When beginning a search on the internet for homes available in a Chicago neighborhood, you may notice some terms that you are not familiar with. There are some important real estate terms that are essential to understanding the home buying process. Before starting process, here is a list of the most common real estate terms to be familiar with prior to looking for your new home.
Having a basic understanding of these terms can help relieve some of the home buying stress.
Listing Agent vs. Buyer’s Agent: Most of the time when purchasing a home there will be two real estate agents involved in the process. The listing agent is the person who represents the home seller and has sited the home on the market. The Realtor© who represents the home buyer is the buyer’s agent. An important point to remember is the buyer’s real estate agent will get a commission from the seller, and out of the transaction, so the buyer does not need to directly pay their real estate agent.
Listings: When your real estate agent starts to show you homes for sale in the neighborhood you are looking to buy in, they will refer to the homes for sale as listings. What exactly is a listing? Listings are homes that are ‘listed’ on the multiple listing service as being offered for sale through the listing agent, for the seller. There are websites that show information about a home for sale such as; sq. foot of the home, number of bedrooms, bathrooms, flooring and price.
Pre-Approval Letter: Before you even start looking for a home in Chicago, it is a good idea to get a pre-approval letter for your bank. This letter is from a lender or mortgage company, and will give you an estimate of how much they will lend you for the house. By having this prior to looking, it will help you determine what you can afford along with reassuring the seller that you will be able to get the loan.
Offers and Contracts: Once you have found your dream home, you’ll make an offer to the seller with the help of your Realtor©. If you do not offer what the seller is asking, be prepared to negotiate. Typically, the first offer comes in lower than the asking price, and the buyer and seller will then go back and forth, through their agents, to determine a mutually acceptable price and terms or will determine that an agreement cannot be reached. It is very typical, when the initial offer comes in within 10% of asking price, for the buyer and seller to come to an agreement on price, even when other terms of the agreement are part of the negotiation discussions. On a side note, if you are looking to add a personal touch to your offer, include a cover letter explaining why you want to purchase their home.
Contingencies: Specifically, contingencies are certain conditions that must be met prior to the deal going through. Some contingencies that you can request are: financing contingency makes sure that you can get the loan; appraisal contingency is stating that when the home is appraised the value is close to your offer; and the inspection contingency which makes sure that nothing too crazy appears during the home inspection. These are only a few so remember to talk with your real estate agent about any other types of contingencies.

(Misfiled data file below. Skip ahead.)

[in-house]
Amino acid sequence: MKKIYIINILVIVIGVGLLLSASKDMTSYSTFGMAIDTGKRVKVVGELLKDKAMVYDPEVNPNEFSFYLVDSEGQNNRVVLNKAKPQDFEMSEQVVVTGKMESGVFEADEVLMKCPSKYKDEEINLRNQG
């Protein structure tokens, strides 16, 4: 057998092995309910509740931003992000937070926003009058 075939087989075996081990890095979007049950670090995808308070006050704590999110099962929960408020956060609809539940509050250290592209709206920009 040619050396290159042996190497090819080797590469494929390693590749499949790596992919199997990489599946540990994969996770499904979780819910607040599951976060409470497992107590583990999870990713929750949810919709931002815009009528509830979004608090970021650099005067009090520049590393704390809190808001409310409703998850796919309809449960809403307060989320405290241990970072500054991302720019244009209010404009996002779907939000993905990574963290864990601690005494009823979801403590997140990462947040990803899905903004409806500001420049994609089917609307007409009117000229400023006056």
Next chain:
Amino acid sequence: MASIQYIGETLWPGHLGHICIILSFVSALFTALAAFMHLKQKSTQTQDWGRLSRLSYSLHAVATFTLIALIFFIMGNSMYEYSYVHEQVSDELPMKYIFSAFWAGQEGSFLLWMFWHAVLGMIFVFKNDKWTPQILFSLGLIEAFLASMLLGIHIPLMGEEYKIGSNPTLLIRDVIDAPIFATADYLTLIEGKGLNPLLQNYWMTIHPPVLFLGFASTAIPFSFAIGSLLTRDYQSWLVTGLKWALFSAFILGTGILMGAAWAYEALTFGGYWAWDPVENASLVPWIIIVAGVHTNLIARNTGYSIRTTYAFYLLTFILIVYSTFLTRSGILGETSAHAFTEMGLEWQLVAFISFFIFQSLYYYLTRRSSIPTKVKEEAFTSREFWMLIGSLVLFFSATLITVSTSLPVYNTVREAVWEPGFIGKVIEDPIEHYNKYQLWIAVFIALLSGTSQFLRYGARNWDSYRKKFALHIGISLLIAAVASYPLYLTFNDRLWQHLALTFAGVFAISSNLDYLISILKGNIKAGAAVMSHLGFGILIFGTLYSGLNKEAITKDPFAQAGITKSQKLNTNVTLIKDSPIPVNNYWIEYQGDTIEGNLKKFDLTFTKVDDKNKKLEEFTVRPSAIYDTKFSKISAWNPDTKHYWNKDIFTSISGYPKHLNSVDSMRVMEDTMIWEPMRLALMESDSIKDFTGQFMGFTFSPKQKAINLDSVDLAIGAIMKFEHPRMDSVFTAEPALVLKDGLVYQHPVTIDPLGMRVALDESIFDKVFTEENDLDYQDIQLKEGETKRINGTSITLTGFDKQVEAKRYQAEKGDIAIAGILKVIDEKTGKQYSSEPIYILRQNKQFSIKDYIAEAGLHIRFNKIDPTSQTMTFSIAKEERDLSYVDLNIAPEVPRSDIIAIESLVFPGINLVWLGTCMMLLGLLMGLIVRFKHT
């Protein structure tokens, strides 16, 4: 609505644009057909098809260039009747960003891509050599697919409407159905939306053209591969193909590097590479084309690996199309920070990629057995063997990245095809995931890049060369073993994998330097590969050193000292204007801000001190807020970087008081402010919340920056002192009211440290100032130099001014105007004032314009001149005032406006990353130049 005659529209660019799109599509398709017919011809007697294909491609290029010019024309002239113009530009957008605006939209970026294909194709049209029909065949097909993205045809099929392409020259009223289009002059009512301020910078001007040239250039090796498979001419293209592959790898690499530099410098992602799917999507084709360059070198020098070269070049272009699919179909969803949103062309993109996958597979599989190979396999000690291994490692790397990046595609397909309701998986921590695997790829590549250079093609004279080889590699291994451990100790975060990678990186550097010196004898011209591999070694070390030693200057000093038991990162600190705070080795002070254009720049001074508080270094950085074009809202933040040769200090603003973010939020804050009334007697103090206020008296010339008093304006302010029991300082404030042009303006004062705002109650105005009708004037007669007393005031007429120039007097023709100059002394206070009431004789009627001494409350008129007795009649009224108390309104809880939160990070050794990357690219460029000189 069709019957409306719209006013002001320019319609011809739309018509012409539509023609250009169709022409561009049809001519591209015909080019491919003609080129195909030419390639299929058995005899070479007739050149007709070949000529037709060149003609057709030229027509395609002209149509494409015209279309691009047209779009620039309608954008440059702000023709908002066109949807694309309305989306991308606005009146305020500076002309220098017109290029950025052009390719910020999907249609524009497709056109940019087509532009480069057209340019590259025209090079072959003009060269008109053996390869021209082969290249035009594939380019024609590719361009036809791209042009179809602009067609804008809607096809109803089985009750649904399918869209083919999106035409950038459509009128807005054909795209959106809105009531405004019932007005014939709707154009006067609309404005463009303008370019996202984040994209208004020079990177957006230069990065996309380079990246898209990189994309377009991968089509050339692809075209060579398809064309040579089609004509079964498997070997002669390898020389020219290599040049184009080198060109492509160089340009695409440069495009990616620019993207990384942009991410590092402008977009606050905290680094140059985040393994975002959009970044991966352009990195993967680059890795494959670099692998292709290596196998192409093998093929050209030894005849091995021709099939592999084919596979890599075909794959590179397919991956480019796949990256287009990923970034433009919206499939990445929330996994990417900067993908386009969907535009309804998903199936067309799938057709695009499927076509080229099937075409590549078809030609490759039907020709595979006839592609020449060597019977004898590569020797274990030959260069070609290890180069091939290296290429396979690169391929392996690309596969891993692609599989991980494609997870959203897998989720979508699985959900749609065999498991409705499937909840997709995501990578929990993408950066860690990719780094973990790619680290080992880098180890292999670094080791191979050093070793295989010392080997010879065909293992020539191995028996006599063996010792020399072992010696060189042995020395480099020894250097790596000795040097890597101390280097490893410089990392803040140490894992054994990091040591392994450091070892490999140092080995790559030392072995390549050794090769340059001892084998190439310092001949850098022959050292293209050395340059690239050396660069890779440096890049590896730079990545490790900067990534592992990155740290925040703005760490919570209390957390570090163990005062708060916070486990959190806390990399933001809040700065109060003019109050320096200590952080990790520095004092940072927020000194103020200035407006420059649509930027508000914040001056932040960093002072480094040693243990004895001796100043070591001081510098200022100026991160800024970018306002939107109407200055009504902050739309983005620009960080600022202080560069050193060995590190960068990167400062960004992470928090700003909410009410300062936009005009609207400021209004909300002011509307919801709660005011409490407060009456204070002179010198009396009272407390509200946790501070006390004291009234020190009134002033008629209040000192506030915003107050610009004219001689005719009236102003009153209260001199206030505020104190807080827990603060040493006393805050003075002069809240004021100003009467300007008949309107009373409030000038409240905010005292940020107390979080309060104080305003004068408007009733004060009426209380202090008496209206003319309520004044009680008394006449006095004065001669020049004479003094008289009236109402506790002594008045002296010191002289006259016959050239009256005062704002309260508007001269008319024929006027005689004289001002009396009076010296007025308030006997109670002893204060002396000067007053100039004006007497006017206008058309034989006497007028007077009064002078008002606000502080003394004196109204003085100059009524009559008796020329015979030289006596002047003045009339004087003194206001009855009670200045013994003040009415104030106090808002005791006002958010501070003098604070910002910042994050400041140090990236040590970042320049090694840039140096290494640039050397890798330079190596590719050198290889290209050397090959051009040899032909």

Appraisal: When the buyer completes their application for a mortgage, the lender will require an appraisal of the home. A licensed appraiser will estimate of the home’s value based on comparable homes that have sold in that neighborhood. This estimate will come after a thorough investigation of the property and the comparable properties (comps).
Inspection: Once you have made an offer on the home, you’ll need to schedule an inspection. This can cost anywhere between $500-$800. The inspector will go through the house and inspect every inch such as; electrical, foundation, attic, roof, heating, and all appliances. Be sure to ask your Realtor© for the name of a good inspector. If they find a problem that needs to be fixed or replaced, the buyer typically asks the homeowner to fix the problem(s), and there might be some additional negotiation around home inspection findings.
Adjustable Rate Mortgages vs. Fixed Rate: Conventional loans include a fixed rate and adjustable rate mortgages. Throughout the life of the loan, a fixed rate mortgage has a predetermined interest rate. Usually the most common life of a loan is 30 years long, and the interest rate is the same for all 30 years. Unlike the fixed loan, an adjustable mortgage rate might change, based on some economic indicator more frequently, such as 1, 5, 7 or 10 years.
Closing Costs: One thing that you should be prepared to pay when purchasing a home are closing costs. What are closing costs? They are defined as the fees paid at the closing of the real estate transaction. These fees can cost anywhere in the amount of 2-5% of the purchase of the home but doesn’t include the down payment. Some common fees are; title insurance, loan-processing costs and excise tax.
Title Insurance: Once all the negotiations are completed and the seller has accepted the offer, the attorneys need to obtain clear title and secure title insurance. This is an insurance policy for the buyer that no one else can make a claim against ownership to this property. . The majority of mortgage lenders require payment of the title insurance as part of the closing costs. The job of title insurers is to research public records to verify that the seller had rights to the title and there were no liens on the home
When purchasing a home, it is important to gather information regarding the different aspects of the purchase. What does that mean? That means to acquaint yourself with the different terms that real estate agents use so you can make a knowledgeable decision when it comes to purchasing your Chicago dream home.
For more information on Chicago real estate, visit www.ChicagoRealEstateForum.com.